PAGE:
B for Balucheri

When you look at a Balucheri saree for the first time, it is likely to make you experience several emotions depending on how much you love sarees. Then comes what I call the sucker-punch moment. It is that moment when you open up the saree and see its pallu. As you slowly take in its beauty, you begin to think; how on earth could anyone even dream up a concept like this!! 

The saree that delivers a sucker-punch!

The saree that delivers a sucker-punch!

My Balucheri saree was a gift. As I opened the wrapping, I went through the usual glee, the oohs and the aahs. Next came the sucker-punch moment followed by the thought; how on earth could anyone even dream up a concept like this!! To date, I don’t really know how. But in my imagination, this is what I think happened. Here’s a little story I dreamed up.

Once upon a time, long ago, there was a weaver. He was a gifted weaver of silk and could create the finest, most delicate brocades in the land. But he was unhappy. He was unhappy because he loved stories and actually wanted to be a story-teller. He had a head full of stories that he was just dying to tell. Unfortunately, there was no one around to listen to his stories. Soon their weight started to make him weary. He was afraid that his stories would tear him from inside and come tumbling out. He had to do something soon to save them and himself. And just like that, one day, he decided he would weave his stories, not with words, but by using the craft of weaving that he had been blessed with. He started weaving his stories on a saree. Long stories and short. About Kings and Queens. New stories and old. All of them. He wove his stories as frames, that ran into panels. And panels that became a long pallu. And that’s how the amazing Balucheri saree was born.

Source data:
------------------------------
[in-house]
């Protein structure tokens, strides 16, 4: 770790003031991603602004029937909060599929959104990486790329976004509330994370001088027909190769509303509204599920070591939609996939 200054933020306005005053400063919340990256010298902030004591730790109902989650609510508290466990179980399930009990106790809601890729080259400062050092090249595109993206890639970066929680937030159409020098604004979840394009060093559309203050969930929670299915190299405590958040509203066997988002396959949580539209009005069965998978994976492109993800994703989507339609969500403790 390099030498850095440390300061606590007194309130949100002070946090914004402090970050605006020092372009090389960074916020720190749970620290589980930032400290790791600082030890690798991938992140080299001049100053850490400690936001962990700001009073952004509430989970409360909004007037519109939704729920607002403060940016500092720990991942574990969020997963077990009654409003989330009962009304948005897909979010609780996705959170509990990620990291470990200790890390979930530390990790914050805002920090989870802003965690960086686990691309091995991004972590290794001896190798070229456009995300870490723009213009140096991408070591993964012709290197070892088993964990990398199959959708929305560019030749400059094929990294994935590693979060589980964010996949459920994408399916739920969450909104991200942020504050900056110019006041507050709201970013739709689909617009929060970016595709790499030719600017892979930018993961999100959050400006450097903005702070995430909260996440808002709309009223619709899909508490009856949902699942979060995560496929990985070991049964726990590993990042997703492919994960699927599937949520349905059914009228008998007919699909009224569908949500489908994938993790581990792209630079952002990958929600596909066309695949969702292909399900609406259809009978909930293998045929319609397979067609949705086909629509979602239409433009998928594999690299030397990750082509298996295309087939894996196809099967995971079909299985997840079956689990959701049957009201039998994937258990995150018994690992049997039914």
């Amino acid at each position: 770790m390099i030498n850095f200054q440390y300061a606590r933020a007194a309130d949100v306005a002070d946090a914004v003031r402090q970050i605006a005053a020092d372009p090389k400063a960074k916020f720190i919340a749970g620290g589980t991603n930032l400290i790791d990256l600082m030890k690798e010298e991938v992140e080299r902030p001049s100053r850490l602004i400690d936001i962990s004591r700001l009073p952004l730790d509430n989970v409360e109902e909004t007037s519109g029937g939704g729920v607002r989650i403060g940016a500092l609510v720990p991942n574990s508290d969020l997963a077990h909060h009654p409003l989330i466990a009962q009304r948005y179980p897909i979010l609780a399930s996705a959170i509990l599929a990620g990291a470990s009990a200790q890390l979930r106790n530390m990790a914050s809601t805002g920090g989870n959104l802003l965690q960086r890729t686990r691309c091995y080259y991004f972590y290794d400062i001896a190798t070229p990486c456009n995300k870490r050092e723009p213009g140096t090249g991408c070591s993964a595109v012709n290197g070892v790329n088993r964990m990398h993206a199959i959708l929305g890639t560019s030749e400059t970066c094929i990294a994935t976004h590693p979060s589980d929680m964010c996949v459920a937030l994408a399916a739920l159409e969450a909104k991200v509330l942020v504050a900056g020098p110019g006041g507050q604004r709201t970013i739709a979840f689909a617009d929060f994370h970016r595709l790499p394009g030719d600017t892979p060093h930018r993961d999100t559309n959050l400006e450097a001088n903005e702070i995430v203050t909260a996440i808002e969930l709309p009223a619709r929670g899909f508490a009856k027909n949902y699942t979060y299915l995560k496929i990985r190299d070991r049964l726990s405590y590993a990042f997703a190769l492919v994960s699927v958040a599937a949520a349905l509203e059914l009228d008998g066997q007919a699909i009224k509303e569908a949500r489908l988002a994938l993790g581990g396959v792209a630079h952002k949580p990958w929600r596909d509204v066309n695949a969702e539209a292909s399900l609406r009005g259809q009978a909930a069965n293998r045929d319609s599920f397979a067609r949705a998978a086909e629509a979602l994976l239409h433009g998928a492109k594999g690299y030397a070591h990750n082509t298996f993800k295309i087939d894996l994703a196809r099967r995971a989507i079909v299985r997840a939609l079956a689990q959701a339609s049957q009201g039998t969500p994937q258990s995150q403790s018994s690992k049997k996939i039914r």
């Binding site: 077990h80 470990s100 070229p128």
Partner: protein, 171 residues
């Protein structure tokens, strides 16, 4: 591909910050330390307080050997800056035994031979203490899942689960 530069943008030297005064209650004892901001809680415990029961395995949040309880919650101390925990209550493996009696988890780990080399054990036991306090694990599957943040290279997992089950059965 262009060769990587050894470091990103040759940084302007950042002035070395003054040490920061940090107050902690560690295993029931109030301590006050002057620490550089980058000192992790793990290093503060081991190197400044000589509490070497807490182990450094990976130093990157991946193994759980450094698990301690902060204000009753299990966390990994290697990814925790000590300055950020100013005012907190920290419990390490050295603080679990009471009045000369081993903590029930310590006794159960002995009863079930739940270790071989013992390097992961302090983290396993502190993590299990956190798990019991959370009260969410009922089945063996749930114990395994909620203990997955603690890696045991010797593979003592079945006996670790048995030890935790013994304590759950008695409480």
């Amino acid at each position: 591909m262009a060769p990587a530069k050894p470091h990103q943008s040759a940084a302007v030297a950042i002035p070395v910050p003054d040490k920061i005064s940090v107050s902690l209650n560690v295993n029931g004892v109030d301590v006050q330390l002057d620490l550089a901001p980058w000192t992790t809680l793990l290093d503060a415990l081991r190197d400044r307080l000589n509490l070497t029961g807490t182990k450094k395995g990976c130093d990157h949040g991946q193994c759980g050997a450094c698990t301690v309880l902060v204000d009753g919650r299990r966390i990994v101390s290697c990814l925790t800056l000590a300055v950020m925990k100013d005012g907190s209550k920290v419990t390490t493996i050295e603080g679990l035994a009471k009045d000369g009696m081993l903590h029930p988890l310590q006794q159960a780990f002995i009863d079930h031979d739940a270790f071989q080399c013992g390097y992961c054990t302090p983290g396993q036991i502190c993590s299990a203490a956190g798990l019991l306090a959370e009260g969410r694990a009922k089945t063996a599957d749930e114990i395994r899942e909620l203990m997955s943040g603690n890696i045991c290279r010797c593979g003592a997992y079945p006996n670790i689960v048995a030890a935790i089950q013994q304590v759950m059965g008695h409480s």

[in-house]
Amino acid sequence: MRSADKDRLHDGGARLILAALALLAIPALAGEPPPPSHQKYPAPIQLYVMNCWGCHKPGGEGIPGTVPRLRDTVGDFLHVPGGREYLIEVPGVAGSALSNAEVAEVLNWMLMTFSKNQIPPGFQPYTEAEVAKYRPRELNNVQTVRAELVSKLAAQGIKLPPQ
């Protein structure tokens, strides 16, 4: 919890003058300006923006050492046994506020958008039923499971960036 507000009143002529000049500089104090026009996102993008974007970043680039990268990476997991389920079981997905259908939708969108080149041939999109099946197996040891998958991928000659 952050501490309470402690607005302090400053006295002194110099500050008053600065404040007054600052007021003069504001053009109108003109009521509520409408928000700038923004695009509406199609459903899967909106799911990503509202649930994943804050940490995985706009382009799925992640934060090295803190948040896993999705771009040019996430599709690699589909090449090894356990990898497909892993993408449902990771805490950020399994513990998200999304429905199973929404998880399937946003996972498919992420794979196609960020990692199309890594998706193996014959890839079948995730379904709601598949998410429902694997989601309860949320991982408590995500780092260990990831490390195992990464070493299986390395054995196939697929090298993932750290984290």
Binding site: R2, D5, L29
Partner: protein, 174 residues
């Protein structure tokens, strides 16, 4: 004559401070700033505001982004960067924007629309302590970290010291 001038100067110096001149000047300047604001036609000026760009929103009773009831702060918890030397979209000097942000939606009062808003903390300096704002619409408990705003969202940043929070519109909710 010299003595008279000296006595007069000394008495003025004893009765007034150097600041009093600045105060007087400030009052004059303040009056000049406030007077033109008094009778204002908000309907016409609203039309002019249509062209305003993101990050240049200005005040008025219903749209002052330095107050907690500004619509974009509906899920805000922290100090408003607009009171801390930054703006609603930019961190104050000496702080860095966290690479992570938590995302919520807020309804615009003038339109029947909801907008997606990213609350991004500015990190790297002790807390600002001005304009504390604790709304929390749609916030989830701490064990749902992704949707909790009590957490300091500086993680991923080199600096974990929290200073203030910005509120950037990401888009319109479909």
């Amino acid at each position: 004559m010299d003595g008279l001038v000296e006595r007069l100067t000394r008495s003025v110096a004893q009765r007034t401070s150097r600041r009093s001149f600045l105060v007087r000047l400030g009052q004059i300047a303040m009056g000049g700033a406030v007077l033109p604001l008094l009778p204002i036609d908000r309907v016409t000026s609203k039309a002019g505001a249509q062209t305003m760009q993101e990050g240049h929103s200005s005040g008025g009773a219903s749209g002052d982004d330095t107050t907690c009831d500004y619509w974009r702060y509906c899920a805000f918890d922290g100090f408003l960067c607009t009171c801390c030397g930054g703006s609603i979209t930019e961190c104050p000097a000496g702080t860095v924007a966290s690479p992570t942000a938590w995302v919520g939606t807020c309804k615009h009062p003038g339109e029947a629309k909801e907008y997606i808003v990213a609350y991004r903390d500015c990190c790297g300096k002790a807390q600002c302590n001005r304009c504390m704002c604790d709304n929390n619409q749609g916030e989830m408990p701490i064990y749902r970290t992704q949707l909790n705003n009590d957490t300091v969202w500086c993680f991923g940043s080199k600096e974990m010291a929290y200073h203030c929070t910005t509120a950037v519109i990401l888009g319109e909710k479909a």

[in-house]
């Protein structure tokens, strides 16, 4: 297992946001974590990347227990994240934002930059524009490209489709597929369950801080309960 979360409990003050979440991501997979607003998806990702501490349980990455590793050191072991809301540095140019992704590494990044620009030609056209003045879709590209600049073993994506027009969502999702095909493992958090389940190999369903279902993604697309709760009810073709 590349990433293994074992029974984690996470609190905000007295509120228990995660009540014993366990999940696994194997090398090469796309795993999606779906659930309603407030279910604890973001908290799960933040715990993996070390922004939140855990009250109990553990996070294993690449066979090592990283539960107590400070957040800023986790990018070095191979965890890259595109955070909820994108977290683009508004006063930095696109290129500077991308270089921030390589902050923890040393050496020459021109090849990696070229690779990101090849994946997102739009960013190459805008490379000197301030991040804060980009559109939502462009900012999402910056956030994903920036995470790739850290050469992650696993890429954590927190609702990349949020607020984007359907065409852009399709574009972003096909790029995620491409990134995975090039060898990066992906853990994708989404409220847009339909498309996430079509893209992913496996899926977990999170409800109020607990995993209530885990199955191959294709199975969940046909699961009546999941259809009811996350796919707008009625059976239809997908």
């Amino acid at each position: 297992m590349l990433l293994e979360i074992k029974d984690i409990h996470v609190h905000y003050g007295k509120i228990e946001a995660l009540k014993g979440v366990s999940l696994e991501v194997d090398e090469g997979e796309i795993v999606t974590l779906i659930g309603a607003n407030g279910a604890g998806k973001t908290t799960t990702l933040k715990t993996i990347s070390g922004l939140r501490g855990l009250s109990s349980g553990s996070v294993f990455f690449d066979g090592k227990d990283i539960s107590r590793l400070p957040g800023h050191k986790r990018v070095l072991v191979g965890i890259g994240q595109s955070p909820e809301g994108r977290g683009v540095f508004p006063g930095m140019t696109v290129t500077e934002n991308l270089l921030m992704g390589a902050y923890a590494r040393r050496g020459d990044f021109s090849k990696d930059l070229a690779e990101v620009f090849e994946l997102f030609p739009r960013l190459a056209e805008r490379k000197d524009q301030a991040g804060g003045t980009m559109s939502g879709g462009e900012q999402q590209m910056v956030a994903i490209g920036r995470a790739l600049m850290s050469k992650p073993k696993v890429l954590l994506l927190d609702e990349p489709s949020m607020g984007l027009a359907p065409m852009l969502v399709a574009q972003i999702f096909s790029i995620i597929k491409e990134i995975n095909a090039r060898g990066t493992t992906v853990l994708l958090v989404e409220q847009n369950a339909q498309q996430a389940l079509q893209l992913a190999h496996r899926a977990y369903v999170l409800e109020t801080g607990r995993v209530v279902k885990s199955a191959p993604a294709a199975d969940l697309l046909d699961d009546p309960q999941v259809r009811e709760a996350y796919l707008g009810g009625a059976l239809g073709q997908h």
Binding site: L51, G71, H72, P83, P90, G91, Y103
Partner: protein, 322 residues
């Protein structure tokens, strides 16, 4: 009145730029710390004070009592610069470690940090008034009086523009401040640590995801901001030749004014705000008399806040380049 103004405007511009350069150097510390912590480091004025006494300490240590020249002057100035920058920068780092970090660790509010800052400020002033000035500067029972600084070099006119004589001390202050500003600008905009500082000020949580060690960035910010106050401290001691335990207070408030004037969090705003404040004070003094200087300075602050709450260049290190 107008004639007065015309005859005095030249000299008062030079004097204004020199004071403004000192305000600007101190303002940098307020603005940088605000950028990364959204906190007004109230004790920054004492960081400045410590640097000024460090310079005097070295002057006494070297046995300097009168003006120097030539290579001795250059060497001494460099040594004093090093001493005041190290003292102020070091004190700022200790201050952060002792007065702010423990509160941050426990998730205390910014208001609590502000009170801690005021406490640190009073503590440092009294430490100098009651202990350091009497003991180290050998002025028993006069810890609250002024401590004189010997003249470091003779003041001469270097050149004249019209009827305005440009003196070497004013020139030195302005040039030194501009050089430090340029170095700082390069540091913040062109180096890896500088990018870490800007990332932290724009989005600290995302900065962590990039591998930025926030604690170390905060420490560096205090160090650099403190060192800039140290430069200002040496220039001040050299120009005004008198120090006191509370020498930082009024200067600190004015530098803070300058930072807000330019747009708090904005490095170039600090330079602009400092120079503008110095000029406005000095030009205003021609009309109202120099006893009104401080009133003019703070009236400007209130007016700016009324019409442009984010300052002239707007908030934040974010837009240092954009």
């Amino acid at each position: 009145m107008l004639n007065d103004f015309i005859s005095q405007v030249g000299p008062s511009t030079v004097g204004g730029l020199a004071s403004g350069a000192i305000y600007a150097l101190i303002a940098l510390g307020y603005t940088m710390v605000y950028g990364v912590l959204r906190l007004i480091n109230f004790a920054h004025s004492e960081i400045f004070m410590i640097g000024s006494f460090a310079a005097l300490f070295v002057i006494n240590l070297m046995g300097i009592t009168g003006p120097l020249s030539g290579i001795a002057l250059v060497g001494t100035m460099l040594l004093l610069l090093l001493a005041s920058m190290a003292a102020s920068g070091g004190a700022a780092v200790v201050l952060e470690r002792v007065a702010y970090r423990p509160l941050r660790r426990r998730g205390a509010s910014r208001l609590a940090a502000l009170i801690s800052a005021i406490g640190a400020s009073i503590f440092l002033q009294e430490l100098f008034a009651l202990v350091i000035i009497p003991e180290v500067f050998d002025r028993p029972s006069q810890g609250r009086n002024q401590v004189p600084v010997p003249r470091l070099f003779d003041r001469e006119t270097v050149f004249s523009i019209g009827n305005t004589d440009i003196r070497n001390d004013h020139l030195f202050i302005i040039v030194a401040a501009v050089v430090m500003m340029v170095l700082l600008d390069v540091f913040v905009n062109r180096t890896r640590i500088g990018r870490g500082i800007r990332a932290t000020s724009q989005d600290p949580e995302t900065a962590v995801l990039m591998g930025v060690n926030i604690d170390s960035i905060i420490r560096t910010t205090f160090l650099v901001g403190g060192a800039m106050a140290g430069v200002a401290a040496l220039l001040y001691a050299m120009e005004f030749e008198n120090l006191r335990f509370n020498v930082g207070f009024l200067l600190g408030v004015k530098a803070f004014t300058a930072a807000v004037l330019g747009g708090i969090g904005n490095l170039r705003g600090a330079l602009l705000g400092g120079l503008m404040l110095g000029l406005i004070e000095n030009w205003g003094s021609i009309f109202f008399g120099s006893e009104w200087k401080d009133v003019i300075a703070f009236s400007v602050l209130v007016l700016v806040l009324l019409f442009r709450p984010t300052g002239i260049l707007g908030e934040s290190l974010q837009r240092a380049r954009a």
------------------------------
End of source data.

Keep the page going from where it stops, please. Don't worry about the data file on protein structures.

A Balucheri Saree

A Balucheri Saree

The Balucheri saree is a glorious creation in silk brocade. The heavily brocaded pallu, its most distinctive part, has unusual motifs like the figurines of the terracotta temples of Barangore, in Murshidabad. Sometimes the entire pallu is used to show a single scene. For example, a woman riding a horse, smelling a rose, her long plait in an upward swing. Other unusual motifs include a scene of women smoking the hukkah, a Mughal court scene and so on. Sucker-punch all the way isn’t it? The most popular sarees however, are ones depicting scenes from epics like the Mahabharat or Ramayana.

The Balucheri saree is made with fine silk. It is characterized by a really long pallu which is sometimes longer than a metre. The saree’s embellished pallu and borders use the complex jacquard weave similar to the Benarasi weave, except that this saree does not use any gold thread or ‘zari’. The intricacy of the Balucheri brocade, even way back then, was compared to the gorgeous Benarasi and the delicate Kashmiri handwork.

The pallu of the saree in the image shows panels depicting scenes of a wedding. The panels are made of scenes, and each scene is framed with an intricate border. Usually, most sarees also have a central motif around which the panels are organized.

A Central Motif and Panels

A Central Motif and Panels

A distinctive feature of the Balucheri saree that surprises me is the weave uses just two colours, sometimes only one. When two colours are used, the figures in each panel are created using alternate colours to break monotony.